LATE actress Nichelle Nichols was once close to giving up her role as Lieutenant Uhura in the Star Trek franchise. But thanks to advice from Reverend Martin Luther King, Nichols decided to continue starring as the iconic character.
In a 2011 interview with the US National Public Radio (NPR), Nichols explained that she had lost interest in her character once the first season wrapped in 1967. Despite breaking barriers as one of the few Black actresses on TV at the time, Nichols thought Uhura did not align with her.
“I grew up in musical theatre. To me, the highlight and the epitome of my life as a singer and actor and a dancer/choreographer was to star on Broadway,” said Nichols, who passed away at age 89 on July 30.
She added: “I went in to tell Gene Roddenberry that I was leaving after the first season and he was very upset about it.” However, he told her to “take the weekend and think about what I am trying to achieve here in this show.”
Roddenberry said in later interviews that this was because Nichols was “an integral part” of the series. And that very weekend, Nichols bumped into Reverend King at a fundraiser.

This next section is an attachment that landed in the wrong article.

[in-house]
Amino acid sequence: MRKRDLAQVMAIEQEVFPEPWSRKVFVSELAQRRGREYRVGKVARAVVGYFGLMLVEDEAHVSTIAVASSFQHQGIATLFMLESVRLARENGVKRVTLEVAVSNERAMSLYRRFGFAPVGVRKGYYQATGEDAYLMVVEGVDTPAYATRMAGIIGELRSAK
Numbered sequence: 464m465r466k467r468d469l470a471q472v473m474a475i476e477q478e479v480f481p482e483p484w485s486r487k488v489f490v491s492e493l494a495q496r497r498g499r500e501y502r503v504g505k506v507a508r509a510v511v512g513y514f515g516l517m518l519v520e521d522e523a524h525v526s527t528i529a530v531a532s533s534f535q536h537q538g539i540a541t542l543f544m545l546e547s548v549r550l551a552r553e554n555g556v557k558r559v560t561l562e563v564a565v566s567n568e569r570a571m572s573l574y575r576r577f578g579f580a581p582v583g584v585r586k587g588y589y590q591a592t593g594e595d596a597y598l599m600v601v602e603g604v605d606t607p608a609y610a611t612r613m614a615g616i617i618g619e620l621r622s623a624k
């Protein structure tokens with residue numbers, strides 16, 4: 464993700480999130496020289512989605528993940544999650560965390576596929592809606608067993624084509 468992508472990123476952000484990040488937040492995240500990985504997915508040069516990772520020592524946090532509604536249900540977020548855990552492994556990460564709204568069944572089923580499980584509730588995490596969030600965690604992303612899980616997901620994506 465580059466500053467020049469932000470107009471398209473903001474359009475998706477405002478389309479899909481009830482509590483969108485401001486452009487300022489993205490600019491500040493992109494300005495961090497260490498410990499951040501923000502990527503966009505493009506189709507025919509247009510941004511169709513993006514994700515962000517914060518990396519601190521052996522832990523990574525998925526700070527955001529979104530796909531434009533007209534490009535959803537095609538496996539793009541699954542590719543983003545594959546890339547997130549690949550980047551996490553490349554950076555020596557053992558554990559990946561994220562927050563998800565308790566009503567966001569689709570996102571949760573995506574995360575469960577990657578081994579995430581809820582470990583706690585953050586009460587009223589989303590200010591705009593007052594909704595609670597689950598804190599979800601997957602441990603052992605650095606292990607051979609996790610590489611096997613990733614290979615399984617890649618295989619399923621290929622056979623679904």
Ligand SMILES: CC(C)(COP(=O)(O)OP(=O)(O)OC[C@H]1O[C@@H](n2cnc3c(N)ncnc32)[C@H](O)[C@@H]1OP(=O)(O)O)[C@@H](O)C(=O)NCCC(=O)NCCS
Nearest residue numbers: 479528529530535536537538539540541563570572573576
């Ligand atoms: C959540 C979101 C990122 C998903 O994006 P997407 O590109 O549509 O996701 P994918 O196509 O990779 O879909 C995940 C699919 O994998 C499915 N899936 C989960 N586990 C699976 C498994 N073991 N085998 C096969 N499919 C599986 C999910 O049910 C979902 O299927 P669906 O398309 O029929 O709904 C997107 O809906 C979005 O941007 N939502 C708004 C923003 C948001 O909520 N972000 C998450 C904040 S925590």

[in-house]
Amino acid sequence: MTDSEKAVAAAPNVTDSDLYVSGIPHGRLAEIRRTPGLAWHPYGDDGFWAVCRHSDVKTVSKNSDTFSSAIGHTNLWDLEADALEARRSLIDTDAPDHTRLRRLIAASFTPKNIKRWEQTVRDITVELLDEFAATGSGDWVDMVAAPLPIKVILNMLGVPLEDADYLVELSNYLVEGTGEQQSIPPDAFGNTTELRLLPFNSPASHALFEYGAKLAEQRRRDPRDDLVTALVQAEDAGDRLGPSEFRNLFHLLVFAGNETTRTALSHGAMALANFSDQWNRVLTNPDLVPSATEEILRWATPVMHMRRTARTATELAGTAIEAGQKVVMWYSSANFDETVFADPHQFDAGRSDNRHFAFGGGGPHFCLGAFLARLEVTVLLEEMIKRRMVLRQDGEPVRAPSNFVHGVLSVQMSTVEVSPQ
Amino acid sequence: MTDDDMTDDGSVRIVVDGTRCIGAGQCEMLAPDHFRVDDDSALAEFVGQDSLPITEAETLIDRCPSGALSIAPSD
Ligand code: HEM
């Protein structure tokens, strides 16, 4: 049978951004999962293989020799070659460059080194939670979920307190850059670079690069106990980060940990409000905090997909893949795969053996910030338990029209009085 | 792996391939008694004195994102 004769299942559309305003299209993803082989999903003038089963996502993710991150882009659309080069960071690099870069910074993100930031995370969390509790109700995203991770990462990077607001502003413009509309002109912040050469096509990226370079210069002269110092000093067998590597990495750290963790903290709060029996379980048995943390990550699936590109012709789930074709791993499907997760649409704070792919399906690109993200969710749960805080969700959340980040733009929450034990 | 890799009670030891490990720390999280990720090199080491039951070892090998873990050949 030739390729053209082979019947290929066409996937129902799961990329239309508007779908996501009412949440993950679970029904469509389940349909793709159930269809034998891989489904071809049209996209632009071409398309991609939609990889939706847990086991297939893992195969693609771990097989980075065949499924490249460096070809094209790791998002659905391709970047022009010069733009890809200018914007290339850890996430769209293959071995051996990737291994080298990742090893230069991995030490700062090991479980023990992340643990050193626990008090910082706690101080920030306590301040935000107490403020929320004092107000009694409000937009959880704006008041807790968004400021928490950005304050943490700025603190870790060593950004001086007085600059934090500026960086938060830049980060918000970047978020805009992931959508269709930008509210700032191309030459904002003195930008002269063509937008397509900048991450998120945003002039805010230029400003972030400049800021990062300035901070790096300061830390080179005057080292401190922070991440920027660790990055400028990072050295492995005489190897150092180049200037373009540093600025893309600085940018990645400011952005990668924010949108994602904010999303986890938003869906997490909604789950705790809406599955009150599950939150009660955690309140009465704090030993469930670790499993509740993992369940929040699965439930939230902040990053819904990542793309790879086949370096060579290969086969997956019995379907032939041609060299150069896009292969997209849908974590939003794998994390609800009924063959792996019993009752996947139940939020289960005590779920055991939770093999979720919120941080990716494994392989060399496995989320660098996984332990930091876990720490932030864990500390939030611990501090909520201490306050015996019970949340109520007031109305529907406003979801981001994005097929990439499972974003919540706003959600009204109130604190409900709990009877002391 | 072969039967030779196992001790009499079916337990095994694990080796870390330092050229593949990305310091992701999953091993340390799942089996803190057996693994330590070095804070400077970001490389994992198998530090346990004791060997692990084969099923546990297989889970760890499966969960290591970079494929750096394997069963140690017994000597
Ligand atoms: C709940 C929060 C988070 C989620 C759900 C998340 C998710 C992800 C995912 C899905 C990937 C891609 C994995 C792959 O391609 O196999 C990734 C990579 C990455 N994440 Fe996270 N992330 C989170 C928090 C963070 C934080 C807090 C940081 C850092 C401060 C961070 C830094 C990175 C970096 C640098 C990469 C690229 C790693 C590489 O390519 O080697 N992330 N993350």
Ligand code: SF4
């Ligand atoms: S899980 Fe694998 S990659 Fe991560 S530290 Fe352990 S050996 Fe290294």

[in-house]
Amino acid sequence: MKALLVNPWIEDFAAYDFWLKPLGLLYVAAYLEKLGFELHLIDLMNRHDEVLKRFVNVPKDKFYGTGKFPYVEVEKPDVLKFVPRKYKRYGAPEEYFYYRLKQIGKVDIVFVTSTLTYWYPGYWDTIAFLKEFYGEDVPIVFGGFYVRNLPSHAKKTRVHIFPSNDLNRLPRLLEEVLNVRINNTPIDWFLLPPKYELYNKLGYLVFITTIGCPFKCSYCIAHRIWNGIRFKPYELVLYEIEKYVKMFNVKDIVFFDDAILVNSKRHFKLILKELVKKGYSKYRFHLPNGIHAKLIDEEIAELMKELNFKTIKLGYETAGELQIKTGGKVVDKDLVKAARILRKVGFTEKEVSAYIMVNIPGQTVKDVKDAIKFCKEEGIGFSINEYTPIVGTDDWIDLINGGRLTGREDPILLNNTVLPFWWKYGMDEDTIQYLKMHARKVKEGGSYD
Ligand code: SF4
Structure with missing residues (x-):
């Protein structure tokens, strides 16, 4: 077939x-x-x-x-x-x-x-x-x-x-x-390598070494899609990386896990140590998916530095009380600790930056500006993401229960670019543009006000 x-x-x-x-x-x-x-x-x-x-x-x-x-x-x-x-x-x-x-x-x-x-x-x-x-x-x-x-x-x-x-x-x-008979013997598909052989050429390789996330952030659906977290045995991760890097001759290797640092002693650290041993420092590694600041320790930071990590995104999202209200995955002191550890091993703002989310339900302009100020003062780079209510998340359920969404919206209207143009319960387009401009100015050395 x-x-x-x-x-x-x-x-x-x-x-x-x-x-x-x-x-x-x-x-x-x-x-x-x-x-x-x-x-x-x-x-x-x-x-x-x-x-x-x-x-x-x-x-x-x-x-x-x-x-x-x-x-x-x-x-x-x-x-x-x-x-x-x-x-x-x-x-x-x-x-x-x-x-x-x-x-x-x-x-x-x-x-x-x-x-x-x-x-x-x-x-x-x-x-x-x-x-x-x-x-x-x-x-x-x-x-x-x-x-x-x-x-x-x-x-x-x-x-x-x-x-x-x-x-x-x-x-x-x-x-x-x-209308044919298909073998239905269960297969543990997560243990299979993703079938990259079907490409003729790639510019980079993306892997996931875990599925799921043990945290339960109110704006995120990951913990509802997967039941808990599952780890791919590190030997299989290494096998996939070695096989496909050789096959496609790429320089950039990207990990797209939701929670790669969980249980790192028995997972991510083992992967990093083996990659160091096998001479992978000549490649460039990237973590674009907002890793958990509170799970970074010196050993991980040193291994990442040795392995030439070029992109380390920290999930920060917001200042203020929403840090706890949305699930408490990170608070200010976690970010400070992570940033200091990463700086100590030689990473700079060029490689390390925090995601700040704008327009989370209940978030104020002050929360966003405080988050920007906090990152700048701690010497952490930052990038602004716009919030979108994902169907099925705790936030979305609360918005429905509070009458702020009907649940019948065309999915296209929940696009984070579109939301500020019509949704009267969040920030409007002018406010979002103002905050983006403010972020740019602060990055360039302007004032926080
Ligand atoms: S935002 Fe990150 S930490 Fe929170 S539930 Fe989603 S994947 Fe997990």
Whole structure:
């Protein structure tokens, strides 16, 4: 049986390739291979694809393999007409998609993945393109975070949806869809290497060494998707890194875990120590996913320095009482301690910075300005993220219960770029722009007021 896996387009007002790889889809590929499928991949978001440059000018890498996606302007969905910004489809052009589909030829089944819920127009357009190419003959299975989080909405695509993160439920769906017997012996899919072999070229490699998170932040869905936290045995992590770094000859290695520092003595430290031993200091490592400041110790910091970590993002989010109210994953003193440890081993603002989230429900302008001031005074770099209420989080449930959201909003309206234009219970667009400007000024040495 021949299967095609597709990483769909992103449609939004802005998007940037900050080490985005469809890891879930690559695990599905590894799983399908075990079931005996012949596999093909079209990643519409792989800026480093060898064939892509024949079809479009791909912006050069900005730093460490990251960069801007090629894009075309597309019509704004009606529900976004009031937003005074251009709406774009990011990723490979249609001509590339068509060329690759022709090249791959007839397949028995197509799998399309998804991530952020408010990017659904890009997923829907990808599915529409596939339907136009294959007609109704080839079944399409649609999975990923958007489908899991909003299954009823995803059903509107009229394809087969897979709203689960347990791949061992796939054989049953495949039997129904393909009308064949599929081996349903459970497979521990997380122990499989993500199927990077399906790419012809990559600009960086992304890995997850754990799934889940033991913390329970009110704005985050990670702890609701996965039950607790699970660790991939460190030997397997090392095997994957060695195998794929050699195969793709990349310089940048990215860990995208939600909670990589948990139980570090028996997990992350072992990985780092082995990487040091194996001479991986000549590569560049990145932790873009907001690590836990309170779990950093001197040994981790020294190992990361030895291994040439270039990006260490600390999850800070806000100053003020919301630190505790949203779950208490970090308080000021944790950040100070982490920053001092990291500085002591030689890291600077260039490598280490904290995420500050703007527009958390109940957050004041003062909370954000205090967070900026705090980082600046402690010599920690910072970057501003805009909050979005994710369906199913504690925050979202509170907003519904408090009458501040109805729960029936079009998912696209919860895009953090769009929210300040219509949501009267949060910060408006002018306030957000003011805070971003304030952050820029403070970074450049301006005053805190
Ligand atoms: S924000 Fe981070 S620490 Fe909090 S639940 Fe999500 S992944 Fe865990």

King, who was a ‘trekker’, also persuaded her to stay in Star Trek when she told him her plans to quit. Nichols recalled King telling her: “Don’t you understand what this man (Roddenberry) has achieved? For the first time, we are being seen the world over as we should be seen.
“Do you understand that this is the only show that my wife Coretta and I will allow our little children to stay up and watch?”
After much thought, she agreed to stay on, and has since inspired generations of Black viewers and women with her role. One of them was Zoe Saldana, who later portrayed Uhura in the J.J. Abrams adaptation. The actress hailed Nichols as an icon who blazed the trail for many women of colour.